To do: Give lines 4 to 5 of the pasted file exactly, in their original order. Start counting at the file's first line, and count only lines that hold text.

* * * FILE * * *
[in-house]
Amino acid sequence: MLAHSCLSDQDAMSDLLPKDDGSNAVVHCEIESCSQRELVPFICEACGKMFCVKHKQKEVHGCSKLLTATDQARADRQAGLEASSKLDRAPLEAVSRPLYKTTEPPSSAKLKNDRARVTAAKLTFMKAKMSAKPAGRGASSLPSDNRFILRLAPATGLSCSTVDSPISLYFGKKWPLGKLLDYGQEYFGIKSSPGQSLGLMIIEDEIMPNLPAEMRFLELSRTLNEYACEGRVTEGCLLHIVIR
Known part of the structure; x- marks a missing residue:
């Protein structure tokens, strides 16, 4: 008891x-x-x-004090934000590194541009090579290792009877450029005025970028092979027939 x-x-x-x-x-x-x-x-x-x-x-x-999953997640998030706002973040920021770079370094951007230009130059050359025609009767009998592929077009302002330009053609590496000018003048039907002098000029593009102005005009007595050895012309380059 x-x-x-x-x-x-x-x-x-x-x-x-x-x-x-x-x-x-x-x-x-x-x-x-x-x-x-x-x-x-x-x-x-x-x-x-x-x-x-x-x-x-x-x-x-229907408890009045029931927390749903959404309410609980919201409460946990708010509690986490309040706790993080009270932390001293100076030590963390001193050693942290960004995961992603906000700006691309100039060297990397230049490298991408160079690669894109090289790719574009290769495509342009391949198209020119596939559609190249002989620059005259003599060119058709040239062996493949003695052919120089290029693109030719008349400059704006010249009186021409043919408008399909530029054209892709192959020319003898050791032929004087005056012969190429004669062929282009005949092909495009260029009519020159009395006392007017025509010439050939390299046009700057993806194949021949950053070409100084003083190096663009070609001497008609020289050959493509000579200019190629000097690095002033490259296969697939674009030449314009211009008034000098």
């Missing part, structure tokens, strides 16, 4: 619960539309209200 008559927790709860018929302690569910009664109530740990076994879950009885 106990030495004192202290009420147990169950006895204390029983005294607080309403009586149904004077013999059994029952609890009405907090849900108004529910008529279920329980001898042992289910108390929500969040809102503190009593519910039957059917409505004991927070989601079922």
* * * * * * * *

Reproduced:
């Protein structure tokens, strides 16, 4: 008891x-x-x-004090934000590194541009090579290792009877450029005025970028092979027939 x-x-x-x-x-x-x-x-x-x-x-x-999953997640998030706002973040920021770079370094951007230009130059050359025609009767009998592929077009302002330009053609590496000018003048039907002098000029593009102005005009007595050895012309380059 x-x-x-x-x-x-x-x-x-x-x-x-x-x-x-x-x-x-x-x-x-x-x-x-x-x-x-x-x-x-x-x-x-x-x-x-x-x-x-x-x-x-x-x-x-229907408890009045029931927390749903959404309410609980919201409460946990708010509690986490309040706790993080009270932390001293100076030590963390001193050693942290960004995961992603906000700006691309100039060297990397230049490298991408160079690669894109090289790719574009290769495509342009391949198209020119596939559609190249002989620059005259003599060119058709040239062996493949003695052919120089290029693109030719008349400059704006010249009186021409043919408008399909530029054209892709192959020319003898050791032929004087005056012969190429004669062929282009005949092909495009260029009519020159009395006392007017025509010439050939390299046009700057993806194949021949950053070409100084003083190096663009070609001497008609020289050959493509000579200019190629000097690095002033490259296969697939674009030449314009211009008034000098």
């Missing part, structure tokens, strides 16, 4: 619960539309209200 008559927790709860018929302690569910009664109530740990076994879950009885 106990030495004192202290009420147990169950006895204390029983005294607080309403009586149904004077013999059994029952609890009405907090849900108004529910008529279920329980001898042992289910108390929500969040809102503190009593519910039957059917409505004991927070989601079922």